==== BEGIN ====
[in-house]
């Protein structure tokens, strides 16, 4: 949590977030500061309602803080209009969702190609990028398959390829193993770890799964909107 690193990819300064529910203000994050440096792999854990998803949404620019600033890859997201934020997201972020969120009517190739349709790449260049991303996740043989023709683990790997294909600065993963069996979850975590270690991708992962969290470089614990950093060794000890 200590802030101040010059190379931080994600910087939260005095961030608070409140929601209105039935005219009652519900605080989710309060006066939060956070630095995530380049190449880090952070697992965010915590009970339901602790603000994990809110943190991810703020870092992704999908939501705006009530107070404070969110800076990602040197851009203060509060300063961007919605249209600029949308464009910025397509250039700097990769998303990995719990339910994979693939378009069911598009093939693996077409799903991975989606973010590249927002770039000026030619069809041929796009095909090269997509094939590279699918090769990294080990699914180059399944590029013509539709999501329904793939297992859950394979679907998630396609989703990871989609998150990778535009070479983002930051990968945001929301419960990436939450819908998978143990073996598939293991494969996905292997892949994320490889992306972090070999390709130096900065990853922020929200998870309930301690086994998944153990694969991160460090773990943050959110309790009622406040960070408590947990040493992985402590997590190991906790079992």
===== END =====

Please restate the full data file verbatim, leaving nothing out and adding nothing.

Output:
[in-house]
């Protein structure tokens, strides 16, 4: 949590977030500061309602803080209009969702190609990028398959390829193993770890799964909107 690193990819300064529910203000994050440096792999854990998803949404620019600033890859997201934020997201972020969120009517190739349709790449260049991303996740043989023709683990790997294909600065993963069996979850975590270690991708992962969290470089614990950093060794000890 200590802030101040010059190379931080994600910087939260005095961030608070409140929601209105039935005219009652519900605080989710309060006066939060956070630095995530380049190449880090952070697992965010915590009970339901602790603000994990809110943190991810703020870092992704999908939501705006009530107070404070969110800076990602040197851009203060509060300063961007919605249209600029949308464009910025397509250039700097990769998303990995719990339910994979693939378009069911598009093939693996077409799903991975989606973010590249927002770039000026030619069809041929796009095909090269997509094939590279699918090769990294080990699914180059399944590029013509539709999501329904793939297992859950394979679907998630396609989703990871989609998150990778535009070479983002930051990968945001929301419960990436939450819908998978143990073996598939293991494969996905292997892949994320490889992306972090070999390709130096900065990853922020929200998870309930301690086994998944153990694969991160460090773990943050959110309790009622406040960070408590947990040493992985402590997590190991906790079992």